The Mandorlin (Old Exekian, "Holy Books') is the name given to an official document, constituting the collective religious texts held sacred to believers in the god Akhen.
The oldest known version of the text is written in Exekian, and dates to the end of the Old Kingdoms era. It was composed on shards of specially grown crystal, intended for public viewings. The Temple version approved by monks and scribes during the reign of King Letholdus II is disputed by the Vormundists, who published a revised edition translated directly from Old Exekian in 162 AYZ.
The text itself contains three major sections: the Beginning, the Histories, and the Law. These are then divided up into chapters - five chapters in the Beginning, seventeen in the Histories, and thirty-two in the Law.
The first holy book and the oldest, the Beginning recounts the creation of the universe by the god Akhen over the course of five chapters.
In the original version, Akhen creates space, time, light, and heat, followed by earth, water, and air. He then populates the world with flora and fauna, before bringing into being the first sentient creation, the Exekians, beginning with Embal and his mate Callidora. Setting them aside from the rest of creation, these beings and their descendants are designed with immortal souls and imbued with a divine spark that allows them to make their own choices and act of their own free will.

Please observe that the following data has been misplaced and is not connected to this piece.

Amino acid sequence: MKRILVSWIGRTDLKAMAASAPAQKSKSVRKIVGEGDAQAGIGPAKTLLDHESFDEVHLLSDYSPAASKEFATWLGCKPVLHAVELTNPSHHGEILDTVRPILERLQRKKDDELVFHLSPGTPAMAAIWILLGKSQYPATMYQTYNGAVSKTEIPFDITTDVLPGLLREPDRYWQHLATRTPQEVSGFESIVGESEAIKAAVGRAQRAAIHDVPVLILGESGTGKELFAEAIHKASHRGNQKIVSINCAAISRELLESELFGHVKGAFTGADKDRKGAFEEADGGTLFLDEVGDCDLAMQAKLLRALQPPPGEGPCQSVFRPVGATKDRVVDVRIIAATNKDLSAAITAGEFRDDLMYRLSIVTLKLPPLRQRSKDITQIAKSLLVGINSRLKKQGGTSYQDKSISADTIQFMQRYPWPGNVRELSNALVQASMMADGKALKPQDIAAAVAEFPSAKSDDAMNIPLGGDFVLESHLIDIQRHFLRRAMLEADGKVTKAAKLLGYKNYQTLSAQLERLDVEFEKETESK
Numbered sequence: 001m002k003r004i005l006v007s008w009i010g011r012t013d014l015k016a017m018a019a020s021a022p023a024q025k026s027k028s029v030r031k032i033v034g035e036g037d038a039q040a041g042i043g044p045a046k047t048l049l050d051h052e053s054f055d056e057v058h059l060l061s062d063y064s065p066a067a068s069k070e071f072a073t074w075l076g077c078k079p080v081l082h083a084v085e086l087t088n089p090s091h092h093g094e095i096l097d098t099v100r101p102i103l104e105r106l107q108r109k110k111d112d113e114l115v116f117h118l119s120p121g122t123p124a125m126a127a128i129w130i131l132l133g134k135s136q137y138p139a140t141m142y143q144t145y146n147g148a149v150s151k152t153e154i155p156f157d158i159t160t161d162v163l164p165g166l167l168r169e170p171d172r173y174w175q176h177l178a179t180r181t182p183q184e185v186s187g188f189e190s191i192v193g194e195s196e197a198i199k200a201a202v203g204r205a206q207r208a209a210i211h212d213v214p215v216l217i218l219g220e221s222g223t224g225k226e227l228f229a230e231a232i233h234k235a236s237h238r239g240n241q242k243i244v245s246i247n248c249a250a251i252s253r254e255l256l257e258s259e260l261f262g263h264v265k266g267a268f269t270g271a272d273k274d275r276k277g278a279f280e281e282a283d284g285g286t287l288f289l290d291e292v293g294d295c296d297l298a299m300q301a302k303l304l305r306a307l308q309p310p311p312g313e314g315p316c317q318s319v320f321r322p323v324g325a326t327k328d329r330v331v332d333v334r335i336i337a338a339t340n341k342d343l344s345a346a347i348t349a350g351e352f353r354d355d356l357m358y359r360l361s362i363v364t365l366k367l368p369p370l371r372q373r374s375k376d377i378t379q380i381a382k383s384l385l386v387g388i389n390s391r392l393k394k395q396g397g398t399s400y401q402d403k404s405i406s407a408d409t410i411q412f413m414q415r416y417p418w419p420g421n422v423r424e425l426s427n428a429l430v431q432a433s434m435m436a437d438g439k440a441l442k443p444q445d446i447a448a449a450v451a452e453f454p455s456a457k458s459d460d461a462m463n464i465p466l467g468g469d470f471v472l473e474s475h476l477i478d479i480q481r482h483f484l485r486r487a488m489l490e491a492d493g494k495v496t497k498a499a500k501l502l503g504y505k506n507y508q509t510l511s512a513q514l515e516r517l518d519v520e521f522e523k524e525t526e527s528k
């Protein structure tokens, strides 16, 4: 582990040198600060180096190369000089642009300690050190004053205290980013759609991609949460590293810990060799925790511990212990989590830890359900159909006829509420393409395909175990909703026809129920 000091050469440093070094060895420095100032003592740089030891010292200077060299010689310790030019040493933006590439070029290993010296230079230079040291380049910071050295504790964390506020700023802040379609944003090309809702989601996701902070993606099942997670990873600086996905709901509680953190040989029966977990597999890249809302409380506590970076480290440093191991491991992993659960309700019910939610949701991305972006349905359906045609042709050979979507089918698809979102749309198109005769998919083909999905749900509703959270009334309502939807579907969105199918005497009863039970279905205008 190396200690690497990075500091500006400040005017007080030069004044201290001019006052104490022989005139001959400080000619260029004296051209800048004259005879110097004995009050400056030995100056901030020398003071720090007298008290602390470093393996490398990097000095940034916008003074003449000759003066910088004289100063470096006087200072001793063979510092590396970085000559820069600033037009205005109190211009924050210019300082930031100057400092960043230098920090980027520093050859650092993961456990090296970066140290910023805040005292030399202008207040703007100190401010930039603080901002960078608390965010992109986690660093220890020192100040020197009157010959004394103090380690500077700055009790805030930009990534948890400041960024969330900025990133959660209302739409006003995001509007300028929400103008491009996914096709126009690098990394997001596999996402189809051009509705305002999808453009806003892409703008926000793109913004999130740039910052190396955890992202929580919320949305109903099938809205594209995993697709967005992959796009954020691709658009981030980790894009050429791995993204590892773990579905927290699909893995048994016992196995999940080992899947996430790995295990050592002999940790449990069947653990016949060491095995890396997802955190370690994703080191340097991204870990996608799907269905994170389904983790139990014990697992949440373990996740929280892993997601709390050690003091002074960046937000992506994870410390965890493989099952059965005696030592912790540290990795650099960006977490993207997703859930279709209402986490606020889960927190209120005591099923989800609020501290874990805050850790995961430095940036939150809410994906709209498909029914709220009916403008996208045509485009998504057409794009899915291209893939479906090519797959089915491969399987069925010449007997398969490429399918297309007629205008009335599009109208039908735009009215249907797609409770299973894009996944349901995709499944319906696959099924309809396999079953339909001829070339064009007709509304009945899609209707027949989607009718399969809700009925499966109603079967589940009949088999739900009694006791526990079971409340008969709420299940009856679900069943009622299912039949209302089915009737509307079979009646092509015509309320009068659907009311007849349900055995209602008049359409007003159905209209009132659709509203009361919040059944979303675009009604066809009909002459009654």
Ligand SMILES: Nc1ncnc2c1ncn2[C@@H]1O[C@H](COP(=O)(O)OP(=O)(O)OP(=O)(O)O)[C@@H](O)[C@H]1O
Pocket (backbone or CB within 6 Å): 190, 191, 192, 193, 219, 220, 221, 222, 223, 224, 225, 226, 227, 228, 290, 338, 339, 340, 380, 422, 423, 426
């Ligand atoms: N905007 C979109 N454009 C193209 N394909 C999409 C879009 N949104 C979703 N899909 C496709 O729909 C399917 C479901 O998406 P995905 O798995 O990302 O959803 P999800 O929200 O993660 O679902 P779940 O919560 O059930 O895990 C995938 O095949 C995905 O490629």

But unlike Akhen, the Exekians are fickle and malcontent. Callidora becomes resentful of Embal and their firstborn son Monaxia; after discovering she is pregnant again, she flees into the sea, where she is transformed into a Fomori. Her secondborn son Goran is thus born at sea, but he returns to land as an adult in order to find a mate, and is thus reunited with his father. Embal pleads with Akhen to return Callidora to him, but Akhen refuses. Instead he creates a new mate for him, Droxine, who gives him another son, Kasimir.
As Akhen creates more Exekians as lovers, friends, and companions to each other, they begin to squabble among themselves. Since they are immortal, their fighting is without end; unable to destroy each other, they lay waste to the world around them. To stop this, Akhen introduces death and mortality to his beloved creations. Monaxia, whose crimes were considered the worst of his siblings, is transformed along with his lover Lostris into the first humans, and thereby condemned to grow old and die. The ageless Exekian race continues on through Kasimir and the Fomori through Goran, but they too are able to die of sickness and injury. The descendants of Monaxia and Lostris are scattered, roaming the earth and propagating throughout.